EU backs UN drive for Aleppo ceasfire
BRUSSELS - Agence France-Presse
EU Foreign Policy Chief Federica Mogherini, right, talks with Finland's Foreign Minister Erkki Sakari Tuomioja, at the European Council building in Brussels, Monday, Dec. 15, 2014. AP PhotoThe EU backed UN efforts to arrange a ceasefire in Syria's second city Aleppo on Monday as one of the few good options left in a conflict which has claimed more than 200,000 lives.
EU foreign affairs chief Federica Mogherini said special UN Syria envoy Staffan de Mistura had briefed foreign ministers Sunday on plans for a "freeze" between government and rebel forces in Aleppo.
The aim is a limited local truce to help ease the desperate plight of the civilian population and provide some way forward after repeated efforts to end the war have failed.
European Union foreign ministers would look "at what we can do to concretely support the UN ... what we can do to stop the war in Syria," Mogherini said as she arrived to chair their regular monthly meeting.
With few other options open, "it is time to contribute positively to a solution," she said.
The ancient city of Aleppo has been fought over mercilessly since a popular uprising against Syrian President Bashar al-Assad began in 2011.
Damascus wants the rebels to hand over their heavy weapons and allow the return of local administration officials to Aleppo.
The rebels in turn want a guarantee that the freeze will be total and not simply allow Damascus to redeploy its troops elsewhere.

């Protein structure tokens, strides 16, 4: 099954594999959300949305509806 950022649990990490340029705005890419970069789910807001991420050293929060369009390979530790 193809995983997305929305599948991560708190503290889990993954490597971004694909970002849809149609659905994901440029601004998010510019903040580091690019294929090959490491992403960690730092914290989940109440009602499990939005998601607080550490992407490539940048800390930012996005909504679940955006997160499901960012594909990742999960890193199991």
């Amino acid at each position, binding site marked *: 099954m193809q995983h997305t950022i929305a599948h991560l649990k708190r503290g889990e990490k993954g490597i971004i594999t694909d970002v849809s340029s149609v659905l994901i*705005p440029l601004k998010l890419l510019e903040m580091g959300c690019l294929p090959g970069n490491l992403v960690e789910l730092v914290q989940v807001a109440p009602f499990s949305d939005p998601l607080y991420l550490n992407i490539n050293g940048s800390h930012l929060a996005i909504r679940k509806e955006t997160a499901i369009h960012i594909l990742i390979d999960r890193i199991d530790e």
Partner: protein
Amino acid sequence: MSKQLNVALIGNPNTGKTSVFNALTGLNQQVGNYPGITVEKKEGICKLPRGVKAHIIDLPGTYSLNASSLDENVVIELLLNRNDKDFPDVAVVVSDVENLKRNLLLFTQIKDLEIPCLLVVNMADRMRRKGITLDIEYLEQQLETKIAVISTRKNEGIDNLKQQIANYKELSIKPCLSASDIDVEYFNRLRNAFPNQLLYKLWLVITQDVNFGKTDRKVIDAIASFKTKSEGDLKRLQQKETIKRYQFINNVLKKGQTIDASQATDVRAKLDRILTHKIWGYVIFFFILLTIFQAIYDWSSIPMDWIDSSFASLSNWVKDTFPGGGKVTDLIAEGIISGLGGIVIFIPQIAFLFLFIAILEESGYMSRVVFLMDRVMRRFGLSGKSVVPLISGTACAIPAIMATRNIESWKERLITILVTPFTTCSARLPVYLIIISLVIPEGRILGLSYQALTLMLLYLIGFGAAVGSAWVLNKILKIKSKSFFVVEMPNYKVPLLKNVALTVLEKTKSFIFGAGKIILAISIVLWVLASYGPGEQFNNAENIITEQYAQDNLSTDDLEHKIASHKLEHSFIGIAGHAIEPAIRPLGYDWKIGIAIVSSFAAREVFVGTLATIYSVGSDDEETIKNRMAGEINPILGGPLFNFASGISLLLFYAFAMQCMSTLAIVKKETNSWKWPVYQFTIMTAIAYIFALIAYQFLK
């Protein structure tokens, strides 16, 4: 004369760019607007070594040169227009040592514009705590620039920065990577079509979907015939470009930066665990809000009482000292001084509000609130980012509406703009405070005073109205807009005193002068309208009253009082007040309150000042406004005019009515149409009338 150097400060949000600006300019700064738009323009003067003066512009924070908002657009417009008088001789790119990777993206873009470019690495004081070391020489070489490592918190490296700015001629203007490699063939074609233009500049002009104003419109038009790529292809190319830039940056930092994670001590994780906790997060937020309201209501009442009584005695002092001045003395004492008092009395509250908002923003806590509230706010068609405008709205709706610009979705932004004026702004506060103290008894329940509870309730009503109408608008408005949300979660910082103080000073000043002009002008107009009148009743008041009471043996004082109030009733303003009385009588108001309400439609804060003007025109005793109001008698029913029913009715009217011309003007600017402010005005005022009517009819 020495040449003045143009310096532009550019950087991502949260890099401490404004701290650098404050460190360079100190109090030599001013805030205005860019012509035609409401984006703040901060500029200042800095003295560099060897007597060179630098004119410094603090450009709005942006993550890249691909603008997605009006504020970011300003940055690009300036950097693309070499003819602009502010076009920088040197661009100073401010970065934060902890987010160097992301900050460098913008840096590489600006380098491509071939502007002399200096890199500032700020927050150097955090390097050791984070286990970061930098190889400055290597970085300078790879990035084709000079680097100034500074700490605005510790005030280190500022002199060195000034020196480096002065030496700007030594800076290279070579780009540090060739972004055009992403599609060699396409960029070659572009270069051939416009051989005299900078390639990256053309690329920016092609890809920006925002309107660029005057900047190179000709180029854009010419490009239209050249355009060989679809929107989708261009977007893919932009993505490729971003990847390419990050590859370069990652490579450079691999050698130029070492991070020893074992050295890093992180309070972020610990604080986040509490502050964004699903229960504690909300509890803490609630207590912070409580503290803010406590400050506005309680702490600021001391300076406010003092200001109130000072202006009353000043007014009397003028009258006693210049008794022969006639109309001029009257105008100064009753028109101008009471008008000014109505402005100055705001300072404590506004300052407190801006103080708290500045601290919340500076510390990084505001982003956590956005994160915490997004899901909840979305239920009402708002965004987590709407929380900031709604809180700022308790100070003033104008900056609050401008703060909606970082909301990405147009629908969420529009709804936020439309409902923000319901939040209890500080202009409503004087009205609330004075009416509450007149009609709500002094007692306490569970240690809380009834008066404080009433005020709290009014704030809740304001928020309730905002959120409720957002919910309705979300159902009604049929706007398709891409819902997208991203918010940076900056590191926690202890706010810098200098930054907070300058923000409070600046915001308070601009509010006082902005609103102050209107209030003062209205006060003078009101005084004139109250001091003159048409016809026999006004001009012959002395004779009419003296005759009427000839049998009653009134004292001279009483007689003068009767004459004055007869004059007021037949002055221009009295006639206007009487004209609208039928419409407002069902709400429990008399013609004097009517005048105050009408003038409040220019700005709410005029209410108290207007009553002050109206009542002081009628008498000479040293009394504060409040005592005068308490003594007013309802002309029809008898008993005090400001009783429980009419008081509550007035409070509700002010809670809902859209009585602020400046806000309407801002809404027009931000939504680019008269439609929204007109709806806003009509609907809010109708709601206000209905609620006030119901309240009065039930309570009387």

The Syria crisis dominates the EU foreign ministers agenda Monday, with the 28-nation bloc fearing instability across the Middle East and the prospect of their citizens going to fight in a war from which they return home dangerously radicalised.
The ministers will also review the situation in Ukraine, with a meeting later Monday of the EU-Ukraine Association Council attended by the country's premier, Arseniy Yatsenyuk.
The council was set up under a landmark association accord which sparked the current crisis when then pro-Russia president Viktor Yanukovych ditched the deal late last year, sparking riots which led to his ouster.
The EU has adopted progressively tougher sanctions against Russia for its intervention in Ukraine and its annexation of Crimea in March which sparked a conflict claiming more than 4,600 lives since.
The foreign ministers meeting will also discuss Bosnia, with Brussels hoping to get a written government commitment to a programme of political and economic reforms needed to put the country back on track to closer ties with Brussels.